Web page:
My Salam

Qatar’s migrant labourers hit the catwalk on Instagram and Tumblr

Khalid Albaih

Qatar based activist and cartoonist Khalid Albaih. Image source: Facebook.


Men in blue jumpsuits. They’re a very common sight in the Gulf countries. You see them at the construction sites, getting on or off buses, sometimes taking a rare break under a tree or a bridge. These immigrant workers live in labour camps and manage to get a day off each week.

The last thing you’d connect them with is style and fashion, right?

Khalid Albaih is changing all of that. Two weeks ago, the Qatar-based political cartoonist launched DohaFashionFridays on Instagram and Tumblr to celebrate and showcase migrant workers in Doha who have a taste for fashion. Described by its founder as a cross between Humans of New York and street-fashion blogging, DohaFashionFridays is already getting some great reviews.


Migrant workers in Qatar

Migrant workers featured on the Instagram page of Dohafashionfridays


On a Friday, the only holiday for migrant labourers, Khalid, his photographer friend Aparna Jayakumar and a few other companions visit Doha’s Corniche area to meet the stylishly dressed labourers and invite them to be featured in the project.

“We ask them many questions, including who they are, how long they have been in Qatar, [whether] they like the job, and about fashion. Every time we ask about fashion they say ‘Yes, we like fashion.’ They may not look like people [who appreciate] fashion, but they follow it, … they have fashion icons, and this is what I am trying to highlight.”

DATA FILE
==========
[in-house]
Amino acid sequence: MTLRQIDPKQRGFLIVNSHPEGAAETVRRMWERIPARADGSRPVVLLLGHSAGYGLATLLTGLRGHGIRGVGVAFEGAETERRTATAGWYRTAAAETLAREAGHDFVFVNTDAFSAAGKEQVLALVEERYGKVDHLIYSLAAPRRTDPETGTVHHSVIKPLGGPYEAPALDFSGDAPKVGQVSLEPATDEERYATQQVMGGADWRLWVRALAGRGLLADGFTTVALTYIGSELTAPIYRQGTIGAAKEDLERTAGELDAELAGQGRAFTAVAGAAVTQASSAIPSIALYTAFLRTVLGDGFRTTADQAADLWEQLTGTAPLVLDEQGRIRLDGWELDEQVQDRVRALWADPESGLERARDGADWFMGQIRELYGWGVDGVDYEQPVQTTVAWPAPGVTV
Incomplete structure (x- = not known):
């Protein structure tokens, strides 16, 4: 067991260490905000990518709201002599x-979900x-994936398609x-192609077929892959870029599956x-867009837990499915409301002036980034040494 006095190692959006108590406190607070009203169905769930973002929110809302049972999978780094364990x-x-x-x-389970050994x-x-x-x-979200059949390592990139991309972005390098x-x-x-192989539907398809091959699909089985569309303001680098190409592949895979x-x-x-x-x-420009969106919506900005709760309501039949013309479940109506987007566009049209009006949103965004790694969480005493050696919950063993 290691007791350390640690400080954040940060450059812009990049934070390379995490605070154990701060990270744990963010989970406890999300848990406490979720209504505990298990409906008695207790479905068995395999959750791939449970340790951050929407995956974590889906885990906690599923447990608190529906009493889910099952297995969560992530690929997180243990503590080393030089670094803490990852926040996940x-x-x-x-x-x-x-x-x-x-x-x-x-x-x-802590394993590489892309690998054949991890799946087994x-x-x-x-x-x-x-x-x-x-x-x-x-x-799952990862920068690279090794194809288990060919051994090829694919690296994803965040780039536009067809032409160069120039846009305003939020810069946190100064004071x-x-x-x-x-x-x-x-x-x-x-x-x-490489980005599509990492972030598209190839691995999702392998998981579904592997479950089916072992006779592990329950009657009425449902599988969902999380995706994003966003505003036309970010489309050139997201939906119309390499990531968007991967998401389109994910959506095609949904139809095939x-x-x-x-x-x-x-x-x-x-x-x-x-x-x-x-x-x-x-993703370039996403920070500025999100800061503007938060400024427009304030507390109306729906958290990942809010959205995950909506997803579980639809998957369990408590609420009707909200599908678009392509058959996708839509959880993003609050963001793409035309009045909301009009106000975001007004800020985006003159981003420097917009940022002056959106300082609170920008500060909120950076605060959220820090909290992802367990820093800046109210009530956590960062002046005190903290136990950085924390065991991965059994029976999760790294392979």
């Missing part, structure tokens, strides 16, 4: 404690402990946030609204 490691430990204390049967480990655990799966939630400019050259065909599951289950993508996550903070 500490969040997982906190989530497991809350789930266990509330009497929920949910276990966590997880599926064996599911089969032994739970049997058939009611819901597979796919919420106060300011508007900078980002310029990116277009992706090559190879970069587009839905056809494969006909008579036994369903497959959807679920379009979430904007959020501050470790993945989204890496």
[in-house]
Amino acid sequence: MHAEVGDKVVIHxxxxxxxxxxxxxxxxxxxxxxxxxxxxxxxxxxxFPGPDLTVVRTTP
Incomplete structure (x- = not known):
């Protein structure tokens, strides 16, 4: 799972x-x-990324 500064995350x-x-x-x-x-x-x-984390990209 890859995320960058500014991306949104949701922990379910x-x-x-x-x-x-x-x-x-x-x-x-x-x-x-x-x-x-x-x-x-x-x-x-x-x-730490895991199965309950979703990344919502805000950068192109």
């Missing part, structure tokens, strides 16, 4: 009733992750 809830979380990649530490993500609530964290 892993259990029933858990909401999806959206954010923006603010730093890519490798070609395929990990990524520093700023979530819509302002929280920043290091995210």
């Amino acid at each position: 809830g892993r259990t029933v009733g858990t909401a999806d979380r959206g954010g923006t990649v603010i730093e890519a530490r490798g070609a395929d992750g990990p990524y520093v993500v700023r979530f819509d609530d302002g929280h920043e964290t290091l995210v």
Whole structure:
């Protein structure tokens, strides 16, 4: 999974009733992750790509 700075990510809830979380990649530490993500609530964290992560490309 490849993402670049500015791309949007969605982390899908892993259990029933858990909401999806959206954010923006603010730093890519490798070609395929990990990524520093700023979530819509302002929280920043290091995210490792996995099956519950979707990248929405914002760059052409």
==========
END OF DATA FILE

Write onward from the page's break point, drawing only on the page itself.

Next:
Khalid works at the Qatar Museums Authority as the Head of Public Art and is currently in the US on a fellowship programme. He told My Salaam that he always wanted to create a forum to showcase the style, fashion, taste and conversations of the men toiling to build the impressive skyscrapers in Qatar.

“I am very proud of Doha’s quick development from a small town to one of the best cities in the world, and the role played by migrant workers in building this city is not insignificant,” he said.

Khalid, who has lived in Qatar since he was ten, has a genuine passion for celebrating the labourers’ lives and highlighting their problems. “They are people with one day a week to look good, and they make the most of it. Some of these guys look like models,” he said.  

The Instagram page, which now has more than 300 followers, shows the first of more than a dozen men who have already participated in the project.  But Khalid has bigger plans for the project. His next move is to step aside and develop it into a community project with more contributors and activities. 

“I am trying to get more designers, photographers and fashion bloggers to go out and meet the workers and start a conversation about their issues. It’s just not only about photographs, it’s about starting a conversation,” he said.

“It’s about having a story, but it’s also about fashion and celebrating individualism.”


Khalid Albaih
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Seban Scaria